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fication of the opposing candidates. Each campaign became an arena of fierce controversy in which many sordid and illogical things were said and done. Appeals were made to passion and prejudice by the use of buncomb and whispered slander. Politics in the Choctaw Nation were rotten to the core. With the election of Jones the McCurtains resumed their leadership.

Upon his retirement from Office, Chief Smallwood retired to his farm west of Lehigh in what is today Coal County, Oklahoma where he passed away on December 15, 1891 and where he is buried in a family burying ground. His grave is suitably marked. The home where the Hon. Patrick J. Hurley was born is about 500 feet distant from the old home of Chief Smallwood.

Chief Smallwood married Annie Burney in 1849. She was a Chickasaw Indian woman of the house of Ima-te-po of the family of Okla-pa-nubbii and died during the Civil War. The governor later married Abbie James. The chief served as a captain in the 2nd Choctaw regiment in the Confederate army in the Civil War. He enjoyed the favor and acquaintance of Gov. Throckmorton of Texas with whom he engaged in occasional hunting expeditions. Chief Smallwood was slightly above the average in stature and evidenced a strong physical appearance. He was well educated and an evenly balanced character. He joined with the Rev. J. S. Morrow in locating the site of the present cemetery at Tishomingo. Rev. Morrow conducted the funeral rites of Chief Smallwood. The chief assembled his own personal affairs in a most capable manner and had he received the support of his official circle, his program for the enlargement of the educational facilities of the Choctaws would have been realized. His recommendations were repeatedly ignored by the council but under the succeeding administration, the council and the new chief carried out his recommendations in matters affecting education but Chief Smallwood was excluded from the credit which was his due.2a

3Jefferson Gardner became the Principal Chief of the Choctaw Nation in October, 1894 succeeding Chief Wilson N. Jones. He was a son of Noel and Hannah Gardner and was born near Wheelock, Choctaw Nation on July 12, 1847.4 His parents were both mixed blood Choctaws and natives of Mississippi. The father of Jefferson Gardner had been a student at Choctaw Academy, Kentucky and was, at one time, an interpreter for the missionaries. Farming and stockraising were his gainful pursuits. The young lad was placed in Norfolk School in old Towson County in the fall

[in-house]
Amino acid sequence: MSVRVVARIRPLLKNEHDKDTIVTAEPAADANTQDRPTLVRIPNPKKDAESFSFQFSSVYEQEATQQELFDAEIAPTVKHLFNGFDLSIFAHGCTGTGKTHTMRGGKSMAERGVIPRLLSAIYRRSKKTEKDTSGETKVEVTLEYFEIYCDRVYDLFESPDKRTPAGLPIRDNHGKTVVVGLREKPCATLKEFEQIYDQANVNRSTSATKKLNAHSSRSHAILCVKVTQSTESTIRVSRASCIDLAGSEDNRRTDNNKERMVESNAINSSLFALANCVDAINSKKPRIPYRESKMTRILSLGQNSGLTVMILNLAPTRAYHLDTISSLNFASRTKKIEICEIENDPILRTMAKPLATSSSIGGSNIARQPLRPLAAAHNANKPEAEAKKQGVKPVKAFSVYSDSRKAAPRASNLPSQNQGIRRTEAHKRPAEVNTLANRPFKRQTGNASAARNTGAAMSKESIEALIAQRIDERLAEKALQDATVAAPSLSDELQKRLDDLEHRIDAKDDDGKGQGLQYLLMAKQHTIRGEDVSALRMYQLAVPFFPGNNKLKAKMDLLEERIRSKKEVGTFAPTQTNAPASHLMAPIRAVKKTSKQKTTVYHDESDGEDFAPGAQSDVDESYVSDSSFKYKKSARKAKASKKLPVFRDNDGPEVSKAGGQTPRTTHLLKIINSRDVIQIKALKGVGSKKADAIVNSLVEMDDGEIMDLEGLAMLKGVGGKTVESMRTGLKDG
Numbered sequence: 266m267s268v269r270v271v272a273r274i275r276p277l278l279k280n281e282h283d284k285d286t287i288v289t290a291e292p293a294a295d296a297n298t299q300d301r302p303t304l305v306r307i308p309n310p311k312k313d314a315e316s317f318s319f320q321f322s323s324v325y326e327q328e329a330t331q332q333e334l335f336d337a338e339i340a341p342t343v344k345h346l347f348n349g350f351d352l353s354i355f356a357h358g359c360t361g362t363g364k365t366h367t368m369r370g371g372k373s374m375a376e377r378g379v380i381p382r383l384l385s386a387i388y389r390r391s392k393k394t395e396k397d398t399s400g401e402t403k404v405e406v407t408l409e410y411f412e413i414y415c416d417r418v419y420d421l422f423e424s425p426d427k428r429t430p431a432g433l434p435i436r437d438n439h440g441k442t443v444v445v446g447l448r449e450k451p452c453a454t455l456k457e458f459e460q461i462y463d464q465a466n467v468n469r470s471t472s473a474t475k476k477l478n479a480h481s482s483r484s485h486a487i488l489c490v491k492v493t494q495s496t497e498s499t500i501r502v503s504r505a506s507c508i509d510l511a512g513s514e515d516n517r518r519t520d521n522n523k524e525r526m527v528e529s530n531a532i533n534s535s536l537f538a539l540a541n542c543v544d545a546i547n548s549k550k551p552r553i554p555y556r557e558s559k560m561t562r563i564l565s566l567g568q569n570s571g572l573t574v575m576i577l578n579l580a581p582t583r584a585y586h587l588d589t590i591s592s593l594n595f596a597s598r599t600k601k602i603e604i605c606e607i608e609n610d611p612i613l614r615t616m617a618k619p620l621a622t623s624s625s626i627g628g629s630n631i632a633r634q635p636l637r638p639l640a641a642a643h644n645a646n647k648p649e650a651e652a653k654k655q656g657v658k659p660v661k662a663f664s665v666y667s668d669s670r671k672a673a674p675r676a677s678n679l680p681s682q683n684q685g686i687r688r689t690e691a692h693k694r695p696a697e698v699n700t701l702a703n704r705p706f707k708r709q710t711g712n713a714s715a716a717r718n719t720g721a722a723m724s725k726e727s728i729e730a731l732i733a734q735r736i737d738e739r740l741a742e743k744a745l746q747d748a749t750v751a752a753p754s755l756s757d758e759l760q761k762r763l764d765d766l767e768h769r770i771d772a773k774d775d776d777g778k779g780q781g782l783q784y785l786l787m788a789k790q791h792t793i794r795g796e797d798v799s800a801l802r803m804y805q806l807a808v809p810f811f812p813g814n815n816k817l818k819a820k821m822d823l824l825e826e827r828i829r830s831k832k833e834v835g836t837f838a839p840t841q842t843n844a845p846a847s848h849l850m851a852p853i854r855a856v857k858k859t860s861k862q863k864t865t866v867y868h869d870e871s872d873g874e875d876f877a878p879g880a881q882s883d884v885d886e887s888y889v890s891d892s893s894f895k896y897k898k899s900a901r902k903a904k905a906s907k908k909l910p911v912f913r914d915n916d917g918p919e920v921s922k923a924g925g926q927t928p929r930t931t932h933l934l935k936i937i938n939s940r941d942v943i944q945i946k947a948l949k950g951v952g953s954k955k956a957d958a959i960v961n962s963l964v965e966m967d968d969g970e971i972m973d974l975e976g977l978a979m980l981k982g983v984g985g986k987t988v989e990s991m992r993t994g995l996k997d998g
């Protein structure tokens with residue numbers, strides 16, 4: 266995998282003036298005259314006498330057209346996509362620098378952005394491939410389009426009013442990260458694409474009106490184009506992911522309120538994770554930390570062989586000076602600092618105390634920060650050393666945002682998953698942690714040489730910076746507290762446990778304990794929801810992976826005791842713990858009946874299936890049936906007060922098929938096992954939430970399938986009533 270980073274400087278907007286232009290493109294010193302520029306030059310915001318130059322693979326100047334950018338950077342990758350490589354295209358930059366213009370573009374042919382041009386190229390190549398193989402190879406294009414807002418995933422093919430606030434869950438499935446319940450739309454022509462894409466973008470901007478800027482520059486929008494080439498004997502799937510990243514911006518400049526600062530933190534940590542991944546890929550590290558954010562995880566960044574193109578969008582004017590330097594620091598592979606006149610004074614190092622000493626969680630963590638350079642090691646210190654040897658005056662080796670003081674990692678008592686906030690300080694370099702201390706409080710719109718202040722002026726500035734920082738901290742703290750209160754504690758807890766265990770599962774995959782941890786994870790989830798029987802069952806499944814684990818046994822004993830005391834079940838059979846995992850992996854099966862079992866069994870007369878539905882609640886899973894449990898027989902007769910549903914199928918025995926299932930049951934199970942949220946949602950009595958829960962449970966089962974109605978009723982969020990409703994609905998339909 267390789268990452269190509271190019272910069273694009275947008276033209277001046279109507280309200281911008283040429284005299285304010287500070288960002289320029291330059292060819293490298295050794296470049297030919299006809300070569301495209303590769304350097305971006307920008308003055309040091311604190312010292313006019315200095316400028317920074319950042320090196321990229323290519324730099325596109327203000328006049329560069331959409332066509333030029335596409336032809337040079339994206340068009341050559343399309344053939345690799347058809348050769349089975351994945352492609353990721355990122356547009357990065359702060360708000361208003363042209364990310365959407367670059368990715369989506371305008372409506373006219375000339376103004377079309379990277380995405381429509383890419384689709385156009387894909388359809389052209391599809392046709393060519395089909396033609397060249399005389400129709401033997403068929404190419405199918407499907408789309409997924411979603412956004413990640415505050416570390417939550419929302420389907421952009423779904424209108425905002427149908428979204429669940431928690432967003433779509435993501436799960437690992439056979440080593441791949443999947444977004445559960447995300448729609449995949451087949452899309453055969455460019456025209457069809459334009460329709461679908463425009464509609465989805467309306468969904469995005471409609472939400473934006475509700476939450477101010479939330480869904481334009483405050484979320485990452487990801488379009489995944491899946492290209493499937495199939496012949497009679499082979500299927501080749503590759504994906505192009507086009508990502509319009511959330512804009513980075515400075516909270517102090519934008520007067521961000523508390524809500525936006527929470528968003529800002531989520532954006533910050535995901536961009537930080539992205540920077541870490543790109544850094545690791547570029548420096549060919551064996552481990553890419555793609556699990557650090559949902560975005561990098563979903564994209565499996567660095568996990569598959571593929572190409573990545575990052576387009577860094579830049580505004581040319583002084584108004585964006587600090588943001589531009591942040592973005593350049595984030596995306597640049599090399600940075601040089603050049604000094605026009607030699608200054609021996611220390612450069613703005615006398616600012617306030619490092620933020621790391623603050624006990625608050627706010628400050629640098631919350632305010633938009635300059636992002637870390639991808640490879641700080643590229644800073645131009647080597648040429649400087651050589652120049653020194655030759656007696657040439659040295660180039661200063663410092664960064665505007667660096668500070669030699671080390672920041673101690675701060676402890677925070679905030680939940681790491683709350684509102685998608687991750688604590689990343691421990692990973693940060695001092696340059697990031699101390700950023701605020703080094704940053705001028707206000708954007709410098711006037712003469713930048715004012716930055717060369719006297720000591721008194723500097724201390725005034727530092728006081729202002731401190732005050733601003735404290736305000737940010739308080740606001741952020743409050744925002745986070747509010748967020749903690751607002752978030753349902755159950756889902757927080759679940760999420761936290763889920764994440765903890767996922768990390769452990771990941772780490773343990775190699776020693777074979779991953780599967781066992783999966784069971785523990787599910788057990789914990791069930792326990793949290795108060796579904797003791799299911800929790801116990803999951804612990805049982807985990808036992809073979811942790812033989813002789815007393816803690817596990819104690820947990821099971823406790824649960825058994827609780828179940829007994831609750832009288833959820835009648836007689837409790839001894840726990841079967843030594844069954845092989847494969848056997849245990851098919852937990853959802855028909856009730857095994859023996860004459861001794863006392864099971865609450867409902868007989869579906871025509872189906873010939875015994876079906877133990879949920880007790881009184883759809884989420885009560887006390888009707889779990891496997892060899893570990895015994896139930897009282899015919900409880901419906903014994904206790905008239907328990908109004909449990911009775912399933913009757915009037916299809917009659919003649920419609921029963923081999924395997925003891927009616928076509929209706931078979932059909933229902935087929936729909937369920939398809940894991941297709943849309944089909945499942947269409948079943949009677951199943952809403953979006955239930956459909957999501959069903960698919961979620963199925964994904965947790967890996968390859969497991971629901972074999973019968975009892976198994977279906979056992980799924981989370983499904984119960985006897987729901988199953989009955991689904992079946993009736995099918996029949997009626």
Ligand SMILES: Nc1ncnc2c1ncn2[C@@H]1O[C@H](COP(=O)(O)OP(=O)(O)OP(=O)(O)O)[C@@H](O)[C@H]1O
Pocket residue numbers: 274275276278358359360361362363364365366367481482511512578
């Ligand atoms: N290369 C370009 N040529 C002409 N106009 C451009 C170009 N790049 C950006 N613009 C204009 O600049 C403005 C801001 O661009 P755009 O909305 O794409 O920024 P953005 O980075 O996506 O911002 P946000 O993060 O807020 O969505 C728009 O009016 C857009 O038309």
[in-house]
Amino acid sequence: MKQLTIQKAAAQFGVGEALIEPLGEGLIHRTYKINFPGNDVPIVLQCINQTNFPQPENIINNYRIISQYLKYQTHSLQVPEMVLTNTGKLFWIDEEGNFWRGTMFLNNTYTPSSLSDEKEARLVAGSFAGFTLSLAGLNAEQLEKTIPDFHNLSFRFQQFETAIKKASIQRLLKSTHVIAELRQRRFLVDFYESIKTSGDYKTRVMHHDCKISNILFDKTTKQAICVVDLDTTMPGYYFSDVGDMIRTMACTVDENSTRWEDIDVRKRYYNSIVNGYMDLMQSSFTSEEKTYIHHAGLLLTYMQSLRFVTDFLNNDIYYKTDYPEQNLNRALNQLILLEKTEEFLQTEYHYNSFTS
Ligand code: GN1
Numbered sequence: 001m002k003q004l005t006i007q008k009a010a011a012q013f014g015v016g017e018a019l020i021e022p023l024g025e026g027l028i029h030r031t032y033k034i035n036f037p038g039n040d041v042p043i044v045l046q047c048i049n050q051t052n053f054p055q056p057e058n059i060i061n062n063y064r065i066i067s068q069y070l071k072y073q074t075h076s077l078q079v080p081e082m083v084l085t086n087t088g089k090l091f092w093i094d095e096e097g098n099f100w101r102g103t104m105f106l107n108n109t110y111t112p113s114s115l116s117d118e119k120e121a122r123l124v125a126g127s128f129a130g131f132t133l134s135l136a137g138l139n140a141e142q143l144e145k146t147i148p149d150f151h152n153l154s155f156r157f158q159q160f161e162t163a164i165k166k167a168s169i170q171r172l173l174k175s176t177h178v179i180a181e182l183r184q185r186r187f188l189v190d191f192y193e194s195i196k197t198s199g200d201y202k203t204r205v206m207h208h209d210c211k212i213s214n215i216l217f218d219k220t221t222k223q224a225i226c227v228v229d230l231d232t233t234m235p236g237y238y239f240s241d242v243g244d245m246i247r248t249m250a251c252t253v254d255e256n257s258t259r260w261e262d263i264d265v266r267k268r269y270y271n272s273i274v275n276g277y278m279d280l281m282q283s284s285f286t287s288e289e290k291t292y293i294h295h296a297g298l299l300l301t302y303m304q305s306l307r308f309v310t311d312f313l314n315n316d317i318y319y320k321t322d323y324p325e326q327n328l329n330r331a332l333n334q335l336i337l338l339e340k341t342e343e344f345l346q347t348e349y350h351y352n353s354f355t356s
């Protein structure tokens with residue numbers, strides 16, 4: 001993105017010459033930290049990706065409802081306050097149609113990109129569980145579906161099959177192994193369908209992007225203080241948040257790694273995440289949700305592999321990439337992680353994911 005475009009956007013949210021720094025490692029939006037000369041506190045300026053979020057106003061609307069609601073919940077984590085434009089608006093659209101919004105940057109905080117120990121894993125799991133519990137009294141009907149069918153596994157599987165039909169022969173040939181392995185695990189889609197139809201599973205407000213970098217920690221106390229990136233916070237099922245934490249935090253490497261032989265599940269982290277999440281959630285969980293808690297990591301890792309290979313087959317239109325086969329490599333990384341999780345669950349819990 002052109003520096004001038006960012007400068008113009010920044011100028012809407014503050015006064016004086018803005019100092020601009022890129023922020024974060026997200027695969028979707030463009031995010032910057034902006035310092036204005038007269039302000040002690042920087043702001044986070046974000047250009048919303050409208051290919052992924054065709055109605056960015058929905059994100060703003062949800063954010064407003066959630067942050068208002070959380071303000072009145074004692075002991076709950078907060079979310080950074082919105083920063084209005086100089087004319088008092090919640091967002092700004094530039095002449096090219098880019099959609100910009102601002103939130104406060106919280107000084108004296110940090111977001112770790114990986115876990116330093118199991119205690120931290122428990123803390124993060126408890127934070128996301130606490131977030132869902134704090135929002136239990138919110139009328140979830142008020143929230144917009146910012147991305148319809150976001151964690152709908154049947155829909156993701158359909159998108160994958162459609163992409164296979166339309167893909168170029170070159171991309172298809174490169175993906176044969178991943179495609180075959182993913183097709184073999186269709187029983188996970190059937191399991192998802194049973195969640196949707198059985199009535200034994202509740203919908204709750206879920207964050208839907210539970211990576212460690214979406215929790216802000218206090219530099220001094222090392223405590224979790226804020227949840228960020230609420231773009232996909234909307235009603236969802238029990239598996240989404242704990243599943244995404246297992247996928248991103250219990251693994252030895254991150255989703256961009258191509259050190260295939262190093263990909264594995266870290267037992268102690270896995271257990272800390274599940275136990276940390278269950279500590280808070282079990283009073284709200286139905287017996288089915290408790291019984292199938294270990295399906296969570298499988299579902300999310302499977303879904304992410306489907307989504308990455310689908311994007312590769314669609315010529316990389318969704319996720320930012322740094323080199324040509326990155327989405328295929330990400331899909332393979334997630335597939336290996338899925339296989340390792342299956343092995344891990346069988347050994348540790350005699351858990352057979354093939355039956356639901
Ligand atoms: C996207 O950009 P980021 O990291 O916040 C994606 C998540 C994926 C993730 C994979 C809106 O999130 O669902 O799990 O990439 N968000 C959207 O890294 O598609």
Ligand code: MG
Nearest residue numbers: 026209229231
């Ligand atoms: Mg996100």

grave marker

Page 217

Chief J. Gardner

of 1855 and in the succeeding year entered Spencer Academy where he remained for two years. He married Lucy James in 1862 who survived but for a brief period. She died at Wheelock. He removed to Eagletown and in 1864, married Lucy Christy, a daughter of Joseph Christy. Upon her death he married Julia, a sister of his second wife who survived him.

5The public career of Jefferson Gardner had its inception in his early life. In 1864 he was appointed county clerk of Eagle County and in the following year became district clerk. He was chosen in 1873 to represent Eagle and Wolf (Norashaba) Counties in the tribal senate. He engaged in farming and stockraising quite extensively upon lands along the Mountain Fork (Nani-hutcha) in the immediate vicinity of Eagletown and in what is today the southeastern part of McCurtain County, Oklahoma. The old farm home of Jefferson Gardner still remains, is in good repair and occupied. It is situated about 200 yards from the famous big cypress tree upon his farm and which is reputed to be the largest tree in the State of Oklahoma. In 1878 he embarked in the mercantile business at Eagletown serving as postmaster6 at the same time which position he occupied for many years. He enlarged his store in 1884 and also at the same time conducted stores at Sulphur Springs (Alikashi) and at Bon-ton on the Red River. He operated a cotton gin at Eagletown in connection with his other business activities. Jefferson Gardner became treasurer of the Choctaw Nation in 1884 and in 1888 was chosen circuit judge of the 2nd judicial district and served until the fall of 1894. He rendered material service in the Federal census of the Choctaw Nation7 which was taken in 1890. His business engagements were very successful and in his political ventures he evidenced the highest integrity.